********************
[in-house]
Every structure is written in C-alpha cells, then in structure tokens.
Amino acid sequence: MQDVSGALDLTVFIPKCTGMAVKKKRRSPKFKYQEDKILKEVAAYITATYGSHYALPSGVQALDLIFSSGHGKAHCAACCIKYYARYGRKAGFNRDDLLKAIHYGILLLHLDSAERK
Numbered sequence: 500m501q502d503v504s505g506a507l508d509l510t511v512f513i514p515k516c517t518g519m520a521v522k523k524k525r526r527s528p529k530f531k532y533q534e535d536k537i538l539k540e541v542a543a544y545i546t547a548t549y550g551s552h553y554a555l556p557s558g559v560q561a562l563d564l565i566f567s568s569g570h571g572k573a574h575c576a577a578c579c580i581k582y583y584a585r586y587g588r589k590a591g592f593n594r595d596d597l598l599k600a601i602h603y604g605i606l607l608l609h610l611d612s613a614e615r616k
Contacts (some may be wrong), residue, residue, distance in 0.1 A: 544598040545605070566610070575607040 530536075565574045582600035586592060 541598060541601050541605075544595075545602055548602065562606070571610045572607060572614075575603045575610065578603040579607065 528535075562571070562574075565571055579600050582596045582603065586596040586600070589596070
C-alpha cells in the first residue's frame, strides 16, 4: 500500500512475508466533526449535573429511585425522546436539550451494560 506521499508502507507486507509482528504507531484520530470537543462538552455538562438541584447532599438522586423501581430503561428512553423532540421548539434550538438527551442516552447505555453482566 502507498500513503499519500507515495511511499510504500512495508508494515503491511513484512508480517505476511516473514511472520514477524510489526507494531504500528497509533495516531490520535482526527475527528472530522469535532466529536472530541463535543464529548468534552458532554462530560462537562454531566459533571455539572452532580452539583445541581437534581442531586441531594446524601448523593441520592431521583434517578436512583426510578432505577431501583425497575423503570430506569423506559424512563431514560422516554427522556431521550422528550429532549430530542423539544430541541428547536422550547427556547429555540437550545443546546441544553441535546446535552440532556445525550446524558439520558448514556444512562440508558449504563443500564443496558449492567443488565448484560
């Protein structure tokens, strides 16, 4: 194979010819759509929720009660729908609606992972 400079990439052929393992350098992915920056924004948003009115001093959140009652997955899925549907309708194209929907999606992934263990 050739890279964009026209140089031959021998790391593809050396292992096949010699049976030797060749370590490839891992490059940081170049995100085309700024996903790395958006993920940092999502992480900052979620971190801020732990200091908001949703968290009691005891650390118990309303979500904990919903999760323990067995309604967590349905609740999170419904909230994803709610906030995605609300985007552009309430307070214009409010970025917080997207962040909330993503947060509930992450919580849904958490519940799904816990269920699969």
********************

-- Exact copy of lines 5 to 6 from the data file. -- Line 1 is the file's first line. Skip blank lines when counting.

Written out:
Contacts (some may be wrong), residue, residue, distance in 0.1 A: 544598040545605070566610070575607040 530536075565574045582600035586592060 541598060541601050541605075544595075545602055548602065562606070571610045572607060572614075575603045575610065578603040579607065 528535075562571070562574075565571055579600050582596045582603065586596040586600070589596070
C-alpha cells in the first residue's frame, strides 16, 4: 500500500512475508466533526449535573429511585425522546436539550451494560 506521499508502507507486507509482528504507531484520530470537543462538552455538562438541584447532599438522586423501581430503561428512553423532540421548539434550538438527551442516552447505555453482566 502507498500513503499519500507515495511511499510504500512495508508494515503491511513484512508480517505476511516473514511472520514477524510489526507494531504500528497509533495516531490520535482526527475527528472530522469535532466529536472530541463535543464529548468534552458532554462530560462537562454531566459533571455539572452532580452539583445541581437534581442531586441531594446524601448523593441520592431521583434517578436512583426510578432505577431501583425497575423503570430506569423506559424512563431514560422516554427522556431521550422528550429532549430530542423539544430541541428547536422550547427556547429555540437550545443546546441544553441535546446535552440532556445525550446524558439520558448514556444512562440508558449504563443500564443496558449492567443488565448484560